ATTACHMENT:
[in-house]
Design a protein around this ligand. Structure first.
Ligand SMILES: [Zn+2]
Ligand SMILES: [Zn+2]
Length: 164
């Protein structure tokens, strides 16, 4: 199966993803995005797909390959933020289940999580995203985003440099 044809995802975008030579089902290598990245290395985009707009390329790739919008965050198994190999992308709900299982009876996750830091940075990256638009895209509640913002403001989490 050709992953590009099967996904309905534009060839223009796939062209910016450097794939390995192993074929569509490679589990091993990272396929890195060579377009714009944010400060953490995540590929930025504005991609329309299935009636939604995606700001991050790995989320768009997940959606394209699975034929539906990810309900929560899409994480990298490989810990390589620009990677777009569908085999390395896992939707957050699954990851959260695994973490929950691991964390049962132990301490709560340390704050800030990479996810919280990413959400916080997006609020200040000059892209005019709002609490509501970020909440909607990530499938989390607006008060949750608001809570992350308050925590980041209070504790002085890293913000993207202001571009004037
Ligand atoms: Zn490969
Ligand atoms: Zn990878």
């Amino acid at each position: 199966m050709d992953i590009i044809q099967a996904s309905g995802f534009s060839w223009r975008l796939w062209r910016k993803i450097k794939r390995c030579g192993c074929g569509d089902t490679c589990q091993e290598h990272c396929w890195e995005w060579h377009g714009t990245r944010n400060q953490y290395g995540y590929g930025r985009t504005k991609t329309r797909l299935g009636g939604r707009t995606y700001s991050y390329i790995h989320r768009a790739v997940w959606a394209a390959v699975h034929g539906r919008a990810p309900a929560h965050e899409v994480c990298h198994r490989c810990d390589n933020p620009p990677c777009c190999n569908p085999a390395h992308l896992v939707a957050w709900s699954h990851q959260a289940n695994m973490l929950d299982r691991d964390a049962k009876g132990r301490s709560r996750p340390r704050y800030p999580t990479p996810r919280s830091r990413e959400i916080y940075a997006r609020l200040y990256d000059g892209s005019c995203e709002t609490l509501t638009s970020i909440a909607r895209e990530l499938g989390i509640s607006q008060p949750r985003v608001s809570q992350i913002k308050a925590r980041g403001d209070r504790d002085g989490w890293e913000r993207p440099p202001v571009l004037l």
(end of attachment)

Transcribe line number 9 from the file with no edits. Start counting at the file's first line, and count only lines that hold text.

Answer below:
């Amino acid at each position: 199966m050709d992953i590009i044809q099967a996904s309905g995802f534009s060839w223009r975008l796939w062209r910016k993803i450097k794939r390995c030579g192993c074929g569509d089902t490679c589990q091993e290598h990272c396929w890195e995005w060579h377009g714009t990245r944010n400060q953490y290395g995540y590929g930025r985009t504005k991609t329309r797909l299935g009636g939604r707009t995606y700001s991050y390329i790995h989320r768009a790739v997940w959606a394209a390959v699975h034929g539906r919008a990810p309900a929560h965050e899409v994480c990298h198994r490989c810990d390589n933020p620009p990677c777009c190999n569908p085999a390395h992308l896992v939707a957050w709900s699954h990851q959260a289940n695994m973490l929950d299982r691991d964390a049962k009876g132990r301490s709560r996750p340390r704050y800030p999580t990479p996810r919280s830091r990413e959400i916080y940075a997006r609020l200040y990256d000059g892209s005019c995203e709002t609490l509501t638009s970020i909440a909607r895209e990530l499938g989390i509640s607006q008060p949750r985003v608001s809570q992350i913002k308050a925590r980041g403001d209070r504790d002085g989490w890293e913000r993207p440099p202001v571009l004037l």